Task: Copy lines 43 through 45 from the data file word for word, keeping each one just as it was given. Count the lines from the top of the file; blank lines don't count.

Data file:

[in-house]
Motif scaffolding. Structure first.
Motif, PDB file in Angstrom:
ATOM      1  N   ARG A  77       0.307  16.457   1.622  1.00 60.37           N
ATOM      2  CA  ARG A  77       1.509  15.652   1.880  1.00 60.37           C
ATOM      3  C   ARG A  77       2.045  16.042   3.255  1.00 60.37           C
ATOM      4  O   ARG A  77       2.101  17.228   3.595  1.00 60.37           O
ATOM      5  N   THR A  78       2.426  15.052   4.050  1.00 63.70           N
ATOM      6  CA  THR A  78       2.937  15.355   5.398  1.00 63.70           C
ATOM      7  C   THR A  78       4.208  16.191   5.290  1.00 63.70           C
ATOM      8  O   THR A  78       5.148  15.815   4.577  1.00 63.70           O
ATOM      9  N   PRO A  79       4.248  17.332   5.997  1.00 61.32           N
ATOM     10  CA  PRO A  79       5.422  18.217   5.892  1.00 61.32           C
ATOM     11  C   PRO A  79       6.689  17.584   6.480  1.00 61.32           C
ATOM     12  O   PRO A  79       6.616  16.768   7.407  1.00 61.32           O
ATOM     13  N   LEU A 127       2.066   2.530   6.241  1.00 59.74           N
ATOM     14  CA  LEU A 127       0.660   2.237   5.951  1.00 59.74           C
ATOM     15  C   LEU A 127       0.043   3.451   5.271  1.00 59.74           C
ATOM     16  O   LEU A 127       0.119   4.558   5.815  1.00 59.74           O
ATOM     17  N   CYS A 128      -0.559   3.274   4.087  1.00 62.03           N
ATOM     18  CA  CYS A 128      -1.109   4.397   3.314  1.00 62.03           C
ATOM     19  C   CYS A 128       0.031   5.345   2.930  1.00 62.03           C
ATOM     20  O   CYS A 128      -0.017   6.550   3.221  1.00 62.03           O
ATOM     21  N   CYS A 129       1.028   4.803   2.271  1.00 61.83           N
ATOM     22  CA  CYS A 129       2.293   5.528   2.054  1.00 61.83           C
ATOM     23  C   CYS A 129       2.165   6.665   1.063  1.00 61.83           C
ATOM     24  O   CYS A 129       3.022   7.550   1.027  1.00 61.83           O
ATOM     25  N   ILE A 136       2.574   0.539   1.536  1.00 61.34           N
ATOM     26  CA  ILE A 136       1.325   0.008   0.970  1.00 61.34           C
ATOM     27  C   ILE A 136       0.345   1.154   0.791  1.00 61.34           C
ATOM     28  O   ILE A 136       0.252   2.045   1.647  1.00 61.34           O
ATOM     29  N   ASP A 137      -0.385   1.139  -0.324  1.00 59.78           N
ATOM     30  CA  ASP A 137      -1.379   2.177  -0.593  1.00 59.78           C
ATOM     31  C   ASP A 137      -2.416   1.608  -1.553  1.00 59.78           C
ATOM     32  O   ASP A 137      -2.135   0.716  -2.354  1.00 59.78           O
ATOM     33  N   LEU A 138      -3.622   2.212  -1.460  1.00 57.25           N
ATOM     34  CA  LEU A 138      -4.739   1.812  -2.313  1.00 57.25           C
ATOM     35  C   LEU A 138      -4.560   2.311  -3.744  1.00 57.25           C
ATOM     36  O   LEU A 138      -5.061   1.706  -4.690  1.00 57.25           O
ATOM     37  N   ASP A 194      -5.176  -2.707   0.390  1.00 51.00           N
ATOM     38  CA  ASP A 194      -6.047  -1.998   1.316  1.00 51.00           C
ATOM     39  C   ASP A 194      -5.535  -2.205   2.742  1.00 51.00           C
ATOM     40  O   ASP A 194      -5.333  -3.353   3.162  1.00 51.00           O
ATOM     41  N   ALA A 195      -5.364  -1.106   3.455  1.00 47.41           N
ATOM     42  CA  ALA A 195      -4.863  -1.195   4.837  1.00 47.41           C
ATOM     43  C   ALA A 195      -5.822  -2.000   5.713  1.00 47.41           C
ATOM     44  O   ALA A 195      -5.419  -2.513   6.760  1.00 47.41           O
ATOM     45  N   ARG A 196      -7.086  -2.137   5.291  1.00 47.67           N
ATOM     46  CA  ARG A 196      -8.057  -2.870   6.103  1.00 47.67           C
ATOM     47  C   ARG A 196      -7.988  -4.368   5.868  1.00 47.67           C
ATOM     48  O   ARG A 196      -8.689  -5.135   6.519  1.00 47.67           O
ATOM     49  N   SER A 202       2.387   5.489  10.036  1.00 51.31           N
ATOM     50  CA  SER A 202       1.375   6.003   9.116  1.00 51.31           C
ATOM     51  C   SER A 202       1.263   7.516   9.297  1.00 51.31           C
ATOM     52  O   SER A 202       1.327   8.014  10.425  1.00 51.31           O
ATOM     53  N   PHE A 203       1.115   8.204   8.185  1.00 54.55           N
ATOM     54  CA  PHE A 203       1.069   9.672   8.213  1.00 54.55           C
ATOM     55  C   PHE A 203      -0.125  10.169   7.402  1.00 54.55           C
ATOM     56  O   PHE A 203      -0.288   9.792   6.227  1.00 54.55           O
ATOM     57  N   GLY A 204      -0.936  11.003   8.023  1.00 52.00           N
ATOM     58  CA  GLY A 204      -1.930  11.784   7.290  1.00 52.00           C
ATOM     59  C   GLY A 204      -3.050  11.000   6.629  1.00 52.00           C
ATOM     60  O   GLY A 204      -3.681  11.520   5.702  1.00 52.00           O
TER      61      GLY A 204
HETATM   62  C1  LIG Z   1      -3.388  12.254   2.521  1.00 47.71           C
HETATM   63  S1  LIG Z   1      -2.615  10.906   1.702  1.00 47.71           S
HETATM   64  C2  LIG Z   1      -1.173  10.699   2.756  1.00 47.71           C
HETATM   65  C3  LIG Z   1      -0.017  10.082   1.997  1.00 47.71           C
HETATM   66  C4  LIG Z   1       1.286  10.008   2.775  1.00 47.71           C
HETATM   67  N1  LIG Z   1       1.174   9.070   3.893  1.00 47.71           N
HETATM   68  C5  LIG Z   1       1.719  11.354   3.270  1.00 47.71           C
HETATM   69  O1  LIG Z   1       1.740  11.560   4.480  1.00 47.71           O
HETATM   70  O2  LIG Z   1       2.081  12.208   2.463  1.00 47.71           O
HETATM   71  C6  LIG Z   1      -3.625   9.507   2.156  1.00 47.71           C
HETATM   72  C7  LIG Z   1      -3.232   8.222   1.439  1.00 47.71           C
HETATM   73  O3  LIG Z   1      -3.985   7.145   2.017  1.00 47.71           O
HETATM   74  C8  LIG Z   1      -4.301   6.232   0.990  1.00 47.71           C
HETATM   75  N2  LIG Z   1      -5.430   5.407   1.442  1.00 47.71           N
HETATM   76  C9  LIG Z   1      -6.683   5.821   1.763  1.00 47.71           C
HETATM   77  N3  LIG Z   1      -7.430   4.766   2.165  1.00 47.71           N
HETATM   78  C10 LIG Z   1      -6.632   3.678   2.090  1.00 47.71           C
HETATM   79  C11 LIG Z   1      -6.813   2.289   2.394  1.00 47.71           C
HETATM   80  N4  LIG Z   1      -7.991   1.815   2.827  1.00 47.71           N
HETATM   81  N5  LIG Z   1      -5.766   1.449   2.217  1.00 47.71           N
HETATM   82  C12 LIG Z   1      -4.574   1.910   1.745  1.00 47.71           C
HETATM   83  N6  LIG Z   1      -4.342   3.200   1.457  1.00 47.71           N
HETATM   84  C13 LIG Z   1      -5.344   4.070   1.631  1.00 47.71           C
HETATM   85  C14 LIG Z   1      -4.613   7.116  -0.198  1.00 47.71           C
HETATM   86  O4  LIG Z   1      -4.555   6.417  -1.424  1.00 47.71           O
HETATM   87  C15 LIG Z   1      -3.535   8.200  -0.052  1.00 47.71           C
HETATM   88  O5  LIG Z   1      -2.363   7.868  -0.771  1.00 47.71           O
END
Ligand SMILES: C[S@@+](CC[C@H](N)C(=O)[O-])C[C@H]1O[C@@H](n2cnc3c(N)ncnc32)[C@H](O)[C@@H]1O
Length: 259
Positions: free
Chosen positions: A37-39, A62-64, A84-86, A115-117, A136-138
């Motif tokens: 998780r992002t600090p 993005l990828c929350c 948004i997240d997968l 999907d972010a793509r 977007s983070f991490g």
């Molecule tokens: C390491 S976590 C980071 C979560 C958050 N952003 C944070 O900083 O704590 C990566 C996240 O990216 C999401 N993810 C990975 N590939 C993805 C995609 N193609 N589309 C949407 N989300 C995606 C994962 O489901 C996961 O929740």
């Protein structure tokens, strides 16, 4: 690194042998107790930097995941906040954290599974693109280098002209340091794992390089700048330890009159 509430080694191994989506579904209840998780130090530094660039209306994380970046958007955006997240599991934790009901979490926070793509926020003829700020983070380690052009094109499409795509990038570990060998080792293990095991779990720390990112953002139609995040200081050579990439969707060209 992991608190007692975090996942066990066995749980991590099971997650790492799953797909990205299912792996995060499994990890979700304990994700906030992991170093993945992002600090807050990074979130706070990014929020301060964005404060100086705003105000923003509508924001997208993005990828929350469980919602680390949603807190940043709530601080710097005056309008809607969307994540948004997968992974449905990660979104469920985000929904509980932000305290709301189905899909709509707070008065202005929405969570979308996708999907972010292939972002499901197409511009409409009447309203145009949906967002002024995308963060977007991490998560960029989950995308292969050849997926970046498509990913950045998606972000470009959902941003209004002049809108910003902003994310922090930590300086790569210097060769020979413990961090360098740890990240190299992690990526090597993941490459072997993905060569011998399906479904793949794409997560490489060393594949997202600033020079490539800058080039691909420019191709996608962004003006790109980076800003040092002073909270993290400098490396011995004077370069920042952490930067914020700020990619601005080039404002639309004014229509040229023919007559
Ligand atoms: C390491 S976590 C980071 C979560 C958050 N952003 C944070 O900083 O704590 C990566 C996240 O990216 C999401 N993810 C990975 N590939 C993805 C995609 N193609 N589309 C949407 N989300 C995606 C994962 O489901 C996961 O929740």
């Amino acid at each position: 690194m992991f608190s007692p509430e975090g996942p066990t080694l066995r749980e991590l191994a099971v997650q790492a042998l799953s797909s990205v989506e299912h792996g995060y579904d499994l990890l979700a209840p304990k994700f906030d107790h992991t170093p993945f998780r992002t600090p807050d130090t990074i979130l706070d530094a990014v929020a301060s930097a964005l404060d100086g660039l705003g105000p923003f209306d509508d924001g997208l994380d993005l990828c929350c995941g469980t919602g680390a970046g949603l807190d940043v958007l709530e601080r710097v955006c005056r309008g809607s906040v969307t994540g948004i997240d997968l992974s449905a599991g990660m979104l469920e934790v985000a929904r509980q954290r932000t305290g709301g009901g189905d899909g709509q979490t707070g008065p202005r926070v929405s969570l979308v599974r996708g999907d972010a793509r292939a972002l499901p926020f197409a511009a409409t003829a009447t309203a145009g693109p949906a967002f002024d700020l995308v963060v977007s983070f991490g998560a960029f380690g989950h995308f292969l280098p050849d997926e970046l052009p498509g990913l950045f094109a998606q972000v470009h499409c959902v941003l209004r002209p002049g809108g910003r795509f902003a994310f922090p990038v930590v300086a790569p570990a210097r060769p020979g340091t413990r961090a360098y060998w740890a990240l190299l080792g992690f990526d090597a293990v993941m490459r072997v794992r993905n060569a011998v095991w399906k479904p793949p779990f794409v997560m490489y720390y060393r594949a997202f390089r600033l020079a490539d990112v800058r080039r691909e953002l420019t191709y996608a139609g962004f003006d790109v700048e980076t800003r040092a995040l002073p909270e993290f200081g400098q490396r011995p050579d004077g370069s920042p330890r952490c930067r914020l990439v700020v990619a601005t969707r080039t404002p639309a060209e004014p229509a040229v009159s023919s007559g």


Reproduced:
ATOM     40  O   ASP A 194      -5.333  -3.353   3.162  1.00 51.00           O
ATOM     41  N   ALA A 195      -5.364  -1.106   3.455  1.00 47.41           N
ATOM     42  CA  ALA A 195      -4.863  -1.195   4.837  1.00 47.41           C